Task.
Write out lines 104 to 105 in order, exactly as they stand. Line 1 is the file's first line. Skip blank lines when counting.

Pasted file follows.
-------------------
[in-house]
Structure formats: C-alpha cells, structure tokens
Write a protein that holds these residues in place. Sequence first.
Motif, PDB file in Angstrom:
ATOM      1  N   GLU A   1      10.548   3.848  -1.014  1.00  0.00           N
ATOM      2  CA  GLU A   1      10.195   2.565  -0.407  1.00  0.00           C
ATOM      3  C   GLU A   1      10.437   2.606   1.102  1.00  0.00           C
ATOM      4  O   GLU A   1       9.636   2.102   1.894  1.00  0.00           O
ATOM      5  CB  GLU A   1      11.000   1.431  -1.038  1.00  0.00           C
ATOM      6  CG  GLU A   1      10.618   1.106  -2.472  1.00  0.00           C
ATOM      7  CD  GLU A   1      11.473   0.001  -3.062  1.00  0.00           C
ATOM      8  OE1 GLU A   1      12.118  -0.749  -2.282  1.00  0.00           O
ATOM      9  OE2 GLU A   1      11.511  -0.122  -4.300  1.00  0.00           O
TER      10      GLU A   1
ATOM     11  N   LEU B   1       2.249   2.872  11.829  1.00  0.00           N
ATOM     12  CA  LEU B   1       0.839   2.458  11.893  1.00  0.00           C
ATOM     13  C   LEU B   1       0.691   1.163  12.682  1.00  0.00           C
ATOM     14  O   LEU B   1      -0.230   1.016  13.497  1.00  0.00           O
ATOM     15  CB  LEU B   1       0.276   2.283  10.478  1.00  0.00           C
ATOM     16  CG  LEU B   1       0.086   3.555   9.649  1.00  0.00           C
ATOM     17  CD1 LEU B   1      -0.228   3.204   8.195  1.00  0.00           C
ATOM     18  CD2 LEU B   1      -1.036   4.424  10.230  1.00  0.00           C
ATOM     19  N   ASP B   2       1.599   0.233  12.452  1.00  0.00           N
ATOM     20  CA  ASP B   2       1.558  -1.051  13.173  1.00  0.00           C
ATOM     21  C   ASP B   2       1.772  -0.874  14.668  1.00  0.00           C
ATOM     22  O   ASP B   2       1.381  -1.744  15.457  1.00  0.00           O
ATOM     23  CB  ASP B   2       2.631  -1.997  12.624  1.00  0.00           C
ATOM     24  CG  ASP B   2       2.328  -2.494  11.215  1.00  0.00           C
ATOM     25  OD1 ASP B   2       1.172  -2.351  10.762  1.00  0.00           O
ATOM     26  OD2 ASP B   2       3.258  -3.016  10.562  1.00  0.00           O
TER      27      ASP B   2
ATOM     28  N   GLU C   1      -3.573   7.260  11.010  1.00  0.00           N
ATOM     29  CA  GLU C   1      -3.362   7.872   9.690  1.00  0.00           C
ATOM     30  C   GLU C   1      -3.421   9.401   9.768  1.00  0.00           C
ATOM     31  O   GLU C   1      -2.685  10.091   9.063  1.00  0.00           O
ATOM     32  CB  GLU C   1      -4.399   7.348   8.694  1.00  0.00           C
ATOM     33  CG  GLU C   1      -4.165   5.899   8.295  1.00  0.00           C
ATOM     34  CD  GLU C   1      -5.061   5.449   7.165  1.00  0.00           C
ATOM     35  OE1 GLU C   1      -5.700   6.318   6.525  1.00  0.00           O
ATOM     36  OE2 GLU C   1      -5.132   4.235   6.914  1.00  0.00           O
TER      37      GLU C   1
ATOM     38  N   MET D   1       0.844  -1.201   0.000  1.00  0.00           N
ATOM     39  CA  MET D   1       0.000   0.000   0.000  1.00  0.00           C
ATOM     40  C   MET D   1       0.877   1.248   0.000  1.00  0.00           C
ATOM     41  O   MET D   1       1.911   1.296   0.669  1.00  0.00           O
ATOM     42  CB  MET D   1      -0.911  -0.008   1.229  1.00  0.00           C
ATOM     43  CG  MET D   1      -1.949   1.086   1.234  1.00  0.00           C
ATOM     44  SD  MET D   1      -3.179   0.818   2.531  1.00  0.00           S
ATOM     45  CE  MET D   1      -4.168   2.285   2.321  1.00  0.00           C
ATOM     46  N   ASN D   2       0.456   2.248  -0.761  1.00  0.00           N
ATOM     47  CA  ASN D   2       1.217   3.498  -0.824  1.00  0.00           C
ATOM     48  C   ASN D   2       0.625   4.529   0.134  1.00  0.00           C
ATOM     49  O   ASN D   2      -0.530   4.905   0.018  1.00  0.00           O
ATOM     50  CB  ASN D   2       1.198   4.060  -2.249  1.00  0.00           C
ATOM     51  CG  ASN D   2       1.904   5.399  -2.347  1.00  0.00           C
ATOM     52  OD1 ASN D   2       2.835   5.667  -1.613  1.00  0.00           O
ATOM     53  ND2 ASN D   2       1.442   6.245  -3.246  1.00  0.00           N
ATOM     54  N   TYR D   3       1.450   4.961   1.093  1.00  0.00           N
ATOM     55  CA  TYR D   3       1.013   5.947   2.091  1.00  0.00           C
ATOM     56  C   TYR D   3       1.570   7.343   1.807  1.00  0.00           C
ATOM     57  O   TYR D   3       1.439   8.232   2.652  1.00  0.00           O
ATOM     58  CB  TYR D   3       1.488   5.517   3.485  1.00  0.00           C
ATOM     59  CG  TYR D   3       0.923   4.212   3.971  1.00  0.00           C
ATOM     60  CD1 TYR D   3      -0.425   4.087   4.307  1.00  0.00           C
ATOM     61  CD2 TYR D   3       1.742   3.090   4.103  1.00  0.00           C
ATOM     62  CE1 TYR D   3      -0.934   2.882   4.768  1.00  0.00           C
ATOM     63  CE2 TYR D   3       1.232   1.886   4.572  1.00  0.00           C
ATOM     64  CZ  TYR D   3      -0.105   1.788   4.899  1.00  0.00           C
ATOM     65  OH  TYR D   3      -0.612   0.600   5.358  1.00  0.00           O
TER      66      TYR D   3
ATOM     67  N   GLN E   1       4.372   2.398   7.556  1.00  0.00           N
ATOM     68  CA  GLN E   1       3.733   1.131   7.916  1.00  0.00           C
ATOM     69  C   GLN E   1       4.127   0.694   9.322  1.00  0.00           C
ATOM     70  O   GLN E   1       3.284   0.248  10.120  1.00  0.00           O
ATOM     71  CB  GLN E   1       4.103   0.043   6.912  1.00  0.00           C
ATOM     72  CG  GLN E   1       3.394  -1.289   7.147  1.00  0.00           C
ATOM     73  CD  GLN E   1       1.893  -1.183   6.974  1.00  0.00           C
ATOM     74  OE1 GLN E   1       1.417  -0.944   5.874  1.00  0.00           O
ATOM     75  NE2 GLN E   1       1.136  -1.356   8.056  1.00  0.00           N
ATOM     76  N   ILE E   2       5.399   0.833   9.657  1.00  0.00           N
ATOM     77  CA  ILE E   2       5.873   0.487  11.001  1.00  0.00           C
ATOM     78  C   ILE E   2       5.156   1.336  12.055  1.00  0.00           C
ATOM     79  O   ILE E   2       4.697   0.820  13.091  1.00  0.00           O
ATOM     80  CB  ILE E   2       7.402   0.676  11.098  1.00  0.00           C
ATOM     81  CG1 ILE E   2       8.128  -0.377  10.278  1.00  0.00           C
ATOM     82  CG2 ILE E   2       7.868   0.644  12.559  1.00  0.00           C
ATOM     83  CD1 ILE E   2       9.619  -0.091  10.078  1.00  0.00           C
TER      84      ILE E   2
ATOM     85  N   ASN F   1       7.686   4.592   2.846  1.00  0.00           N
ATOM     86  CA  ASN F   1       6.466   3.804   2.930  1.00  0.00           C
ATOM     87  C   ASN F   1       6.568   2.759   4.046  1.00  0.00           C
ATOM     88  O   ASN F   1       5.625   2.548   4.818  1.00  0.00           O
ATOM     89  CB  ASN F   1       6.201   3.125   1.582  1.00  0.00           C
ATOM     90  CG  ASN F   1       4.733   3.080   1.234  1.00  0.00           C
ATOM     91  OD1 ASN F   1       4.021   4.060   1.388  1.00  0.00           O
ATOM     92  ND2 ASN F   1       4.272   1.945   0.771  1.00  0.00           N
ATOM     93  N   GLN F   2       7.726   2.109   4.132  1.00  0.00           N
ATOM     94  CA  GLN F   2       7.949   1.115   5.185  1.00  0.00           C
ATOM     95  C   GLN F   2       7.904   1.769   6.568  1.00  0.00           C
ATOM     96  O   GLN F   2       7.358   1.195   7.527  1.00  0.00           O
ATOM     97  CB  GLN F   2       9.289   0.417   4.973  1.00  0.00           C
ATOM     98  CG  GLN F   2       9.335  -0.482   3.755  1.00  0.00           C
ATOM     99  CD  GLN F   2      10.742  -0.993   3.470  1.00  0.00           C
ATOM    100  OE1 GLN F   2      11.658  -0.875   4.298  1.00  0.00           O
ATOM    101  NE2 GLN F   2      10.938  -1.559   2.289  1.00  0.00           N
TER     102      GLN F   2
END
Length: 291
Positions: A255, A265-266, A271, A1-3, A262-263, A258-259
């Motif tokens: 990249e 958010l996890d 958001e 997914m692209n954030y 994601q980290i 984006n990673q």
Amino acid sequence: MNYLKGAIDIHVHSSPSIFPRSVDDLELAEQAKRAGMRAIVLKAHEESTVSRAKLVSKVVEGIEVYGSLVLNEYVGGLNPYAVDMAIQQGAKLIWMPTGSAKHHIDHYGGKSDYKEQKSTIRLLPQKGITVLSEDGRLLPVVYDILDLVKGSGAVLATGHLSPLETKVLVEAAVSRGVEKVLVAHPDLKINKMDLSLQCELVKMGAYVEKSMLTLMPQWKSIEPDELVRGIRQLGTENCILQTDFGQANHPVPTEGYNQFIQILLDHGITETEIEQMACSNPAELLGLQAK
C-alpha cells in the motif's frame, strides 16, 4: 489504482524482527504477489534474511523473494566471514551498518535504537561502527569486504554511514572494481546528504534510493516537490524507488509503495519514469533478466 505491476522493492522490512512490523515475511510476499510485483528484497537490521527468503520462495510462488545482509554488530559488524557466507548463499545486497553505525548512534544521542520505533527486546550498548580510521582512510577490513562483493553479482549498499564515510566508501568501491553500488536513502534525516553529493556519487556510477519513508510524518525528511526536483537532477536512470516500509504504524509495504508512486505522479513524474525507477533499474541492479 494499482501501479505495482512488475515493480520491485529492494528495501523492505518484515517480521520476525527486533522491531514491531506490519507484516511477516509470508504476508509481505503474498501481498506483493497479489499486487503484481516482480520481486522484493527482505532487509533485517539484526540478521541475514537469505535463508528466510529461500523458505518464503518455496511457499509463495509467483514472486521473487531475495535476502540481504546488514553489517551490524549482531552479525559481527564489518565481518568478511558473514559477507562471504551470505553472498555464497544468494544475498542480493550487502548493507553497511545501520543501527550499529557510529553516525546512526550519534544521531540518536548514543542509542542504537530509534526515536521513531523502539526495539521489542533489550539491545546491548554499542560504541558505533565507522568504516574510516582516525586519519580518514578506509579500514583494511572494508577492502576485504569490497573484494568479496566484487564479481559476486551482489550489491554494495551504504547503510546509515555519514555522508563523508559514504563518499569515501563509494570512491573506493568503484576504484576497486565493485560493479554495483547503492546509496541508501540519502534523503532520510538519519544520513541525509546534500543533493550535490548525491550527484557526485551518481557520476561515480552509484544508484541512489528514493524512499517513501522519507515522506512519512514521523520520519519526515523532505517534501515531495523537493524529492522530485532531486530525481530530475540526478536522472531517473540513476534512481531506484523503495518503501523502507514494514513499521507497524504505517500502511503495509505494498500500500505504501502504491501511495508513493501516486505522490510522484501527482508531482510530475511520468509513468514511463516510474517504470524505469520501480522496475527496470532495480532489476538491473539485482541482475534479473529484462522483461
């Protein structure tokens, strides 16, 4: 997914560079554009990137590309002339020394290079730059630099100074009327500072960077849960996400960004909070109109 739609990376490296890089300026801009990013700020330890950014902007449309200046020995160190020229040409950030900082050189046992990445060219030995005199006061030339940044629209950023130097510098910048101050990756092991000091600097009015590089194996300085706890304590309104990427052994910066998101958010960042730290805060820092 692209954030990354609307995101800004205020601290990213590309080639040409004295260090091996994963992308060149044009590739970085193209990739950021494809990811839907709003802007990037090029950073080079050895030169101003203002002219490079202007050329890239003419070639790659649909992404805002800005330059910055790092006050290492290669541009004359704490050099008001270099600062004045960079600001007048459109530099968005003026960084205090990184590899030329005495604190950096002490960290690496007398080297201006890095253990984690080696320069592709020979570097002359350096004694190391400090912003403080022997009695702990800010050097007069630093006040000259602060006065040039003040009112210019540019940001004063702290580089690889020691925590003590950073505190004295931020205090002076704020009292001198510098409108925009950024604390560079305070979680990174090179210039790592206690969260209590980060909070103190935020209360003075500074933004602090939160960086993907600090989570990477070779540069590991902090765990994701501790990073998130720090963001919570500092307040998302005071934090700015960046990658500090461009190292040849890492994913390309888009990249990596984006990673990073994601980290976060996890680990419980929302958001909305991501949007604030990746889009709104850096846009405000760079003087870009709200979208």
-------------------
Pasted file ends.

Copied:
ATOM    100  OE1 GLN F   2      11.658  -0.875   4.298  1.00  0.00           O
ATOM    101  NE2 GLN F   2      10.938  -1.559   2.289  1.00  0.00           N